"It's important for surgeons to get a more accurate history and record of the patient during their first meeting," says Hamid Mir, MD, an orthopedic spine surgeon at DISC Sports & Spine in Marina Del Rey, Calif. "Then you can use the recorded information to make a clinical or surgical decision. If you have accurate documentation for patients, especially surgical patients, you can use that information for future treatment and right before surgery. If you accidentally record the wrong level or side in the documentation, then you'll increase the error rate."
Here are eight ways spine surgeons can improve their documentation.
1. Task assistants to compile data. The surgeon has many responsibilities, so a nurse or another assistant should be tasked with gathering patient history and other data important for their records and documentation. "One of the assistants to the surgeon should gather data in advance of the patient visit and make sure it remains updated at all times," says Richard Wohns, MD, JD, MBA, founder of NeoSpine in the Puget Sound region of Washington. "The surgeon's responsibility is making sure the history is very specific and exam is thorough."
2. Detail patient histories. The EMR can help you track patient histories better than before. Make sure to dig into the details as deeply as possible. "A new history should be in incredible detail with all of their symptoms and what caused the pain," says Dr. Wohns. "If there was a cause such as a vehicular accident or work injury, include that as well. Indicate past surgical interventions and clearly delineate all imaging that has been done."
3. Include all imaging studies. If the patient has undergone prior imaging studies, acquire them before deciding on treatment. Otherwise, order new images or other diagnostic tests to pinpoint the issue and send the patient down the right treatment pathway. "The list of imaging studies patients have done is important," says Dr. Mir. "For spine surgeons, it's crucial to review the actual films themselves and not just rely on the radiologist reports."
These images are important for showing how the disease or treatment has progressed. "Have a record so you can see the evolution of the MRI or CT scans over time," says Dr. Wohns. "Also include longitudinal studies such as EMG studies in every record so you have the full history in repeated visits over time. This is evidence of neural dysfunction or improvement."
4. Take advantage of patient portals. Electronic medical records now often come with patient portals, which allow patients to enter their own electronic data. "This can improve the accuracy of the information and make sure it's timely," says Dr. Mir. "The patient fills out their history and every time they come in, they'll update with any changes to medications or other conditions. Additionally, if they are admitted to a hospital or experience another significant change with their health, we are notified. If an older patient is taking blood thinners they forgot to mention in their histories, it's nice to capture that electronically."
5. Use a pain diagram. Instead of just recording the patient's explanation of the pain, use a diagram for the patient to draw exactly where their pain is on the picture. "This is documentation from the patient that we like to use to review and make sure we have the right side and area of pain to cross-check my documentation," says Dr. Mir. "It helps with clinical decision-making. I also have my own set of questions about pain location, severity, associated complaints, weakness, sensory deficits and what treatments they've tried in the past."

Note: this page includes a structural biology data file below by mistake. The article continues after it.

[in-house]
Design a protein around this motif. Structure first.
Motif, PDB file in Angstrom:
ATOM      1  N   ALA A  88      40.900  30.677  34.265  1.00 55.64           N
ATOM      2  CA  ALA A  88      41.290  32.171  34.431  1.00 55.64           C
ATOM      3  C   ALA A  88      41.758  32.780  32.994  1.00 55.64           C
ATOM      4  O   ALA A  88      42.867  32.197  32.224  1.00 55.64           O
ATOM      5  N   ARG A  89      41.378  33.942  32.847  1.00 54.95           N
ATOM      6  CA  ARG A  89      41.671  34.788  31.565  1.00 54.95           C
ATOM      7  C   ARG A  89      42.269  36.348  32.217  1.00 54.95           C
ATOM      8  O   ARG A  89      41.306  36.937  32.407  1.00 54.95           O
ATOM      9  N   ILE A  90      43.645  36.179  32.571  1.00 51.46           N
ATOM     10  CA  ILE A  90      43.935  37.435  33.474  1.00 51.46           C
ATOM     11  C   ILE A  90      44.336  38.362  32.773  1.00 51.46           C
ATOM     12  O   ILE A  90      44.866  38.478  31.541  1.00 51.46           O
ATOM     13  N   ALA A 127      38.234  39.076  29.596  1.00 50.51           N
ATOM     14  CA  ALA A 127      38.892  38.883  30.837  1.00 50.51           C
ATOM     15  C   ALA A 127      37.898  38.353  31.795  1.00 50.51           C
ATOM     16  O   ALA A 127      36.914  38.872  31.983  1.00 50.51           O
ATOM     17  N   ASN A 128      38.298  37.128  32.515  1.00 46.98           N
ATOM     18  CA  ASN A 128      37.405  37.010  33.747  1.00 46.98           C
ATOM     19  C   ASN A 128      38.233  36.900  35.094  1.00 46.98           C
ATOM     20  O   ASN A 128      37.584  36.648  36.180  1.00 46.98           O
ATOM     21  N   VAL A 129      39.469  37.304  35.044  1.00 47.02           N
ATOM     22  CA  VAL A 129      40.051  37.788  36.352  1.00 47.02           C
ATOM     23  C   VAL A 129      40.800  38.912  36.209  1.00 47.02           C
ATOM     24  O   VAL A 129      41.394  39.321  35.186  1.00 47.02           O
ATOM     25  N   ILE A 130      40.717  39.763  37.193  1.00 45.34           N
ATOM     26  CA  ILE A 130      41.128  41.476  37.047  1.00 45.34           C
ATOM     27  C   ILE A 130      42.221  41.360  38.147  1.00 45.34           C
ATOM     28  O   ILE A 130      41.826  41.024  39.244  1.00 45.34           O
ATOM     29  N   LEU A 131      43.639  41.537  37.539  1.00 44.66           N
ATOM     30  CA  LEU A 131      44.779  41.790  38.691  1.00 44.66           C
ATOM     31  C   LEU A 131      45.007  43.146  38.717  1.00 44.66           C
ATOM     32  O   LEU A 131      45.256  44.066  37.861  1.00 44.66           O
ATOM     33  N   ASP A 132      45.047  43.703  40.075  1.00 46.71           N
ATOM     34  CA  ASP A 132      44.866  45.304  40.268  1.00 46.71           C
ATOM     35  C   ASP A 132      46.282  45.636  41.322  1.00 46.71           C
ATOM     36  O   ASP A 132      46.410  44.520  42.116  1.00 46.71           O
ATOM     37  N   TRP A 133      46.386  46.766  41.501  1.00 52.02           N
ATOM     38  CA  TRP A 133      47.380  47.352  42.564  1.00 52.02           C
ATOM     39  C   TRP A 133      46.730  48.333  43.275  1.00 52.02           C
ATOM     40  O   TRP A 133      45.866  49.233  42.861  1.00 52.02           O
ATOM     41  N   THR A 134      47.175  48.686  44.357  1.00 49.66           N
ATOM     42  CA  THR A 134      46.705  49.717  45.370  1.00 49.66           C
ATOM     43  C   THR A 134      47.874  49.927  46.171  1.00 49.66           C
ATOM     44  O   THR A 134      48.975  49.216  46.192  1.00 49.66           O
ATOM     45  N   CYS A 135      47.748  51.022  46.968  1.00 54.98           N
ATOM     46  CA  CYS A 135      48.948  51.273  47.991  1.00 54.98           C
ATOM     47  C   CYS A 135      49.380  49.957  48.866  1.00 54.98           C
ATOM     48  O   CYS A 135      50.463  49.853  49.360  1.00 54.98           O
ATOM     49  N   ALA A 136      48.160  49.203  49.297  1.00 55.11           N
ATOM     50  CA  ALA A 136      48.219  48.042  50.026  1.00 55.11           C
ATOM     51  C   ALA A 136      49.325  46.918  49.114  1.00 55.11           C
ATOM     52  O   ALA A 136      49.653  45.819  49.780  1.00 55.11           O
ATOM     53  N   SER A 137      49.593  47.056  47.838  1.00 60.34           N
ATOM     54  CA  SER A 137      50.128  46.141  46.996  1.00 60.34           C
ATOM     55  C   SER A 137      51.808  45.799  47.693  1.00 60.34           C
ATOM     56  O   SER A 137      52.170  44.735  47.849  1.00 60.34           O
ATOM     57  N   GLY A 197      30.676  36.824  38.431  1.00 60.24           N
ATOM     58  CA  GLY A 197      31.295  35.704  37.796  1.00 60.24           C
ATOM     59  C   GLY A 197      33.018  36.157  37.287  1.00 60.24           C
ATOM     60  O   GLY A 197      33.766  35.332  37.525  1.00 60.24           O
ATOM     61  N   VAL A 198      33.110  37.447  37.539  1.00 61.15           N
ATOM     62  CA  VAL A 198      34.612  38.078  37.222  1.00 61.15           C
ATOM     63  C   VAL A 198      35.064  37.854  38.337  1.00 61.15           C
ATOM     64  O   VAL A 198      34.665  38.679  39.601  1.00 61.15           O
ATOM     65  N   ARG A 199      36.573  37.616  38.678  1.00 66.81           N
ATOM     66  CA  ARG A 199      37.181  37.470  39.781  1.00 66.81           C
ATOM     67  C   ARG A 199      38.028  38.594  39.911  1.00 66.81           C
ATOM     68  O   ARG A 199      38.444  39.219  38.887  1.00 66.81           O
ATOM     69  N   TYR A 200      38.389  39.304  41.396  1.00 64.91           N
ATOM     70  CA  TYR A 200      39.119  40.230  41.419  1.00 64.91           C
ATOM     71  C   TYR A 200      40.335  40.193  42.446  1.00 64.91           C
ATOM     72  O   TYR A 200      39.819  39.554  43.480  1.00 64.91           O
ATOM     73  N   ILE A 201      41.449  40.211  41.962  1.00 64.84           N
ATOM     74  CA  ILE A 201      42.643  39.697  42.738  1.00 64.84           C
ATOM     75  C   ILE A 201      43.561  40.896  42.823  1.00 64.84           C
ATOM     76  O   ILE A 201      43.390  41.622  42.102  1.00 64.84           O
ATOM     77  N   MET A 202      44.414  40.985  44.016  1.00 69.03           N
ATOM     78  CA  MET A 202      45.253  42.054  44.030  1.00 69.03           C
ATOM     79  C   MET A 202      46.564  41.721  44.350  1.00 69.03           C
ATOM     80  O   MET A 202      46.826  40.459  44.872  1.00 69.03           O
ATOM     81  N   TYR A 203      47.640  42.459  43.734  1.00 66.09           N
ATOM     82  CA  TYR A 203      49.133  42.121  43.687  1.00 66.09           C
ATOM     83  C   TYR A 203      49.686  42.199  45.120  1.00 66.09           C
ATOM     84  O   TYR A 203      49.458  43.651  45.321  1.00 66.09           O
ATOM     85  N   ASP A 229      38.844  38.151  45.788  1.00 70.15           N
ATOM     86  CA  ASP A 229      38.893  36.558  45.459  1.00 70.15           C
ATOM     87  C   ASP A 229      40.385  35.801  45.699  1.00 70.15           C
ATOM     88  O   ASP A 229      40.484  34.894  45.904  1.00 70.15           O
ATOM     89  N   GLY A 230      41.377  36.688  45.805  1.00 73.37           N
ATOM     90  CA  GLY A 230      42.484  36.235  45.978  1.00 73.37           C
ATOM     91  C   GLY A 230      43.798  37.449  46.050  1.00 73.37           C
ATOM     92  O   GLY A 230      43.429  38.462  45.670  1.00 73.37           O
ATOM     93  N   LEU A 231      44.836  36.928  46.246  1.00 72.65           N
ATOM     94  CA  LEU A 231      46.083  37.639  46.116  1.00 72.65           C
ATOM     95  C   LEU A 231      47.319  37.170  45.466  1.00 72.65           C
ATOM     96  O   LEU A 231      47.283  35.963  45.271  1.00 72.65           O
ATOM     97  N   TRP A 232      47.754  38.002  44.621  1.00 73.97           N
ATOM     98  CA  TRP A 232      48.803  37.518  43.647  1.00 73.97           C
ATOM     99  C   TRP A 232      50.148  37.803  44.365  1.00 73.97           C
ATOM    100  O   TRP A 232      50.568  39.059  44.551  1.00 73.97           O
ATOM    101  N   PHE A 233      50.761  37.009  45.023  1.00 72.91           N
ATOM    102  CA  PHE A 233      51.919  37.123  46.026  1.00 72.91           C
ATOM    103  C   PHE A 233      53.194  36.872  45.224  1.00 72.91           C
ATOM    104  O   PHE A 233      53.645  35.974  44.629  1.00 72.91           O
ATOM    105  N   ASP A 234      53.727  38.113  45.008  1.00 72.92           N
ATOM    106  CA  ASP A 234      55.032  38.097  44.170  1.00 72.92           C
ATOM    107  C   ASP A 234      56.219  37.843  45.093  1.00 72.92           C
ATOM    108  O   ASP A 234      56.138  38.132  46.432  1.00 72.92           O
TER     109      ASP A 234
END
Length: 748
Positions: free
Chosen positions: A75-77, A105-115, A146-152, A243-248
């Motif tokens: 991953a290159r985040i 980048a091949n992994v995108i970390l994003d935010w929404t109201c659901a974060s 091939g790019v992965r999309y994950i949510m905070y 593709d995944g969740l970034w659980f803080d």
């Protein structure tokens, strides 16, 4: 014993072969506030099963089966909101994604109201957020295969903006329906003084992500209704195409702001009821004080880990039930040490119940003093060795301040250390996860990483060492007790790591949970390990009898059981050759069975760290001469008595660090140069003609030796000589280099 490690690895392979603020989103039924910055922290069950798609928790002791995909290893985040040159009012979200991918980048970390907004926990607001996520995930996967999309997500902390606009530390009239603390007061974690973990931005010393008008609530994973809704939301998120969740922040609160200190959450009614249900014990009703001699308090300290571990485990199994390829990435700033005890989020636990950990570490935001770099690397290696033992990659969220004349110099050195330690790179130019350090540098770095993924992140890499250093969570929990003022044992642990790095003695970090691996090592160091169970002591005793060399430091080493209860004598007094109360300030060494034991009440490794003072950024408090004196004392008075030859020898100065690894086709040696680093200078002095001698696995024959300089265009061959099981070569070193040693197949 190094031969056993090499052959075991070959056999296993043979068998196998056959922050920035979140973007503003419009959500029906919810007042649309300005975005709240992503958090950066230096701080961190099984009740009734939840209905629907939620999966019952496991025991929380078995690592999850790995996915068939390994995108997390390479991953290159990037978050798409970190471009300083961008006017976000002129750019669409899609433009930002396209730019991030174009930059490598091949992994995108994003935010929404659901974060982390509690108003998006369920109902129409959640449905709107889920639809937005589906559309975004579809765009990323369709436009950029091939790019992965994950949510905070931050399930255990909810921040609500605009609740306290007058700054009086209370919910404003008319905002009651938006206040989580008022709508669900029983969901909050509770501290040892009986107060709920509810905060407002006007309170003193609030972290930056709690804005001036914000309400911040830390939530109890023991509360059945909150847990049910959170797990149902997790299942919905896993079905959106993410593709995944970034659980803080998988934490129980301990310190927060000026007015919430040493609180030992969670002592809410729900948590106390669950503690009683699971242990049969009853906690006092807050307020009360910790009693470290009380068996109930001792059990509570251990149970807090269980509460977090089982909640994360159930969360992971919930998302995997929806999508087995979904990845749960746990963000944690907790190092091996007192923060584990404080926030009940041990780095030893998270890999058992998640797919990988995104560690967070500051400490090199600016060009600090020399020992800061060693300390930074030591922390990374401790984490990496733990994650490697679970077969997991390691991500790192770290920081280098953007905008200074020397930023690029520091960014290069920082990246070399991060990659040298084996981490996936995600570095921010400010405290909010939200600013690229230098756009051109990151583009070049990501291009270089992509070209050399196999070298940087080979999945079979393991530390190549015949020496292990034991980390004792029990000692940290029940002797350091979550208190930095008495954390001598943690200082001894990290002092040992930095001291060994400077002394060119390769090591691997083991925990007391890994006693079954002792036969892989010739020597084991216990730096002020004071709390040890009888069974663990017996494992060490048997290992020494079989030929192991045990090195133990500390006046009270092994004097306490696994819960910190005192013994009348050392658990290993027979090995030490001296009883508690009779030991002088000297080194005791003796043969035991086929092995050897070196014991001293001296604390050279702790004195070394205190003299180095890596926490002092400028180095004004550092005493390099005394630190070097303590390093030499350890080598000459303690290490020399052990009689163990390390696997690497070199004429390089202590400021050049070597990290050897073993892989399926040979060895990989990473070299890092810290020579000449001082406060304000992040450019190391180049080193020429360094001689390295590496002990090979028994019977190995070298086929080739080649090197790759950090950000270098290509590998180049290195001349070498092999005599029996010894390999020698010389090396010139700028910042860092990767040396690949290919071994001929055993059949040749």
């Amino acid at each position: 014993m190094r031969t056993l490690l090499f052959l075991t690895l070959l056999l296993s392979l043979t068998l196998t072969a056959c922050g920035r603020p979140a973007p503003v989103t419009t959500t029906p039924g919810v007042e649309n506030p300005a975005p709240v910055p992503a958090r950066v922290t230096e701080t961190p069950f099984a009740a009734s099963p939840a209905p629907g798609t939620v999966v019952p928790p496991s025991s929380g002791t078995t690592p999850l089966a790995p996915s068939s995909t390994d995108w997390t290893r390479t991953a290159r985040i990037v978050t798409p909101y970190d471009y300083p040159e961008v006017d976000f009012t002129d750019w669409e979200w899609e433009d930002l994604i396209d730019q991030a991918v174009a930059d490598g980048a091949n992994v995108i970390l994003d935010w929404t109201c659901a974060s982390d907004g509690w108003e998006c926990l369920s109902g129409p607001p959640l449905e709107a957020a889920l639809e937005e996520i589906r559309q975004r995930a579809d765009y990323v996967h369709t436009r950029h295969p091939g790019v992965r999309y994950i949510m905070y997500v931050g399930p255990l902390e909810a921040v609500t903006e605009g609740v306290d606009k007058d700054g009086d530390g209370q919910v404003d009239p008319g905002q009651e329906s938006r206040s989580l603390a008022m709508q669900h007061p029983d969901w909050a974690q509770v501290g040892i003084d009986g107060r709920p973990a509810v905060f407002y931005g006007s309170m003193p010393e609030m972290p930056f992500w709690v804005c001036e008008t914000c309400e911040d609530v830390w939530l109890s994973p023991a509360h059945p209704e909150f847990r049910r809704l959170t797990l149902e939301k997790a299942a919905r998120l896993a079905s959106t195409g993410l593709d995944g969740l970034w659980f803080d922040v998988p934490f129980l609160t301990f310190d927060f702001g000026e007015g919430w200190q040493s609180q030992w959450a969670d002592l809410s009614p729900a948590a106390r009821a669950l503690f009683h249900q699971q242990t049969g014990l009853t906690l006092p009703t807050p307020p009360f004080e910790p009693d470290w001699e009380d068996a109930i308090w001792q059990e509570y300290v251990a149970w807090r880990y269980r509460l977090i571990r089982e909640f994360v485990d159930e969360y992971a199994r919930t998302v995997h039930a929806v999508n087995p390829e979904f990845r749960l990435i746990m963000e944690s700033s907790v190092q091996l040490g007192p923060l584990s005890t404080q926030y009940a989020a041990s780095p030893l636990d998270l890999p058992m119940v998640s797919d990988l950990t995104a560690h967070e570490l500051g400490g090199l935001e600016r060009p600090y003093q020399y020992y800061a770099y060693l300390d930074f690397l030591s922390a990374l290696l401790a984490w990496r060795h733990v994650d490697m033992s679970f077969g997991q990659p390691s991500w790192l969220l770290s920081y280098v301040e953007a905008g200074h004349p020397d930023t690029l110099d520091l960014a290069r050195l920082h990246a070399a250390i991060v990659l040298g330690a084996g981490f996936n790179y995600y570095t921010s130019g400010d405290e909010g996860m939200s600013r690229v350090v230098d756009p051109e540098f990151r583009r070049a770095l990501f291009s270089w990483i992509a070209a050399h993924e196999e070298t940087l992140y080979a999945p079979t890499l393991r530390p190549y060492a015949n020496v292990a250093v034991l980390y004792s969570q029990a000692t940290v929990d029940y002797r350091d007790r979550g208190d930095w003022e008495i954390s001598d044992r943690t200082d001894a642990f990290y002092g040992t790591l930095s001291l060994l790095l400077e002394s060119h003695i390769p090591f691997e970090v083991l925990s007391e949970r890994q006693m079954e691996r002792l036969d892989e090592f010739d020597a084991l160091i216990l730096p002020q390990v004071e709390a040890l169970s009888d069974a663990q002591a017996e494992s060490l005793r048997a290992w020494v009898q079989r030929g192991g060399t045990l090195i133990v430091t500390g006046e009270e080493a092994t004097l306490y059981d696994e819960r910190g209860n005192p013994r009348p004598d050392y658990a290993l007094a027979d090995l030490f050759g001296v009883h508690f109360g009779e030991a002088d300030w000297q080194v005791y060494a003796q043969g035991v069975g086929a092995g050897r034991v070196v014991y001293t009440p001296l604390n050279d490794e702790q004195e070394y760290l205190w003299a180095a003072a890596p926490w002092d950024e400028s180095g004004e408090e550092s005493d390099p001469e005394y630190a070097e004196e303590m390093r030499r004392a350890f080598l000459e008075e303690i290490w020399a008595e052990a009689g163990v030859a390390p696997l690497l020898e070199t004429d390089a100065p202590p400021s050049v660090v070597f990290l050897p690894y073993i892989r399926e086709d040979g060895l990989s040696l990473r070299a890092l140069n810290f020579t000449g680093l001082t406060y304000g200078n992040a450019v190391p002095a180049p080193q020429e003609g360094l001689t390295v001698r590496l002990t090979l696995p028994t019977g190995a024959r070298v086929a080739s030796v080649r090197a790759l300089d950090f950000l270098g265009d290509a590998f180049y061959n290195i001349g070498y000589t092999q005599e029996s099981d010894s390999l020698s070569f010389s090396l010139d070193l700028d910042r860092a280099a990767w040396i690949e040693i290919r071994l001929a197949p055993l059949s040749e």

6. Update assessments with subjective symptoms. Every exam should include a well thought out plan and assessment, recording subjective symptoms such as the patient's chief complaint. "Anything such as back pain and cervical radiculopathy or myelopathic symptoms have to be there," says Dr. Wohns. "Make the symptoms and radiological findings available so it's clear what the patient is complaining of and the summation of patient symptoms. Statements should be succinct and clear whether the treatment is surgical or not. Anyone reading the chart should know exactly what the surgeon is thinking."
7. Spell out plans in great detail. Treatment plans should be clear and concise in the patient's documentation and surgeons must ensure patients understand their plan before leaving the office. "Spell out in the medical record that the patient was advised to the plan and potential complications," says Dr. Wohns. "Record that patients understand their postoperative limitations and return-to-work schedule. This should all be spelled out by the surgeon in the clinical note. It's good for quality of care and could have medicolegal consequences. The plan should be spelled out on the record and verbally for the patient so there is know issue as to why the surgeon did what he did."
8. Make sure everyone involved in patient care gets updates. EMR has also made it easy to keep other specialists and primary care physicians informed about the patient's progress during treatment. "The EMR allows us to copy everyone else involved on the patient records, which are sent to them as soon as the patient is seen," says Dr. Mir. "The advances in EMR systems are really making information transfer more accurate and allowing us a safer way to practice medicine."
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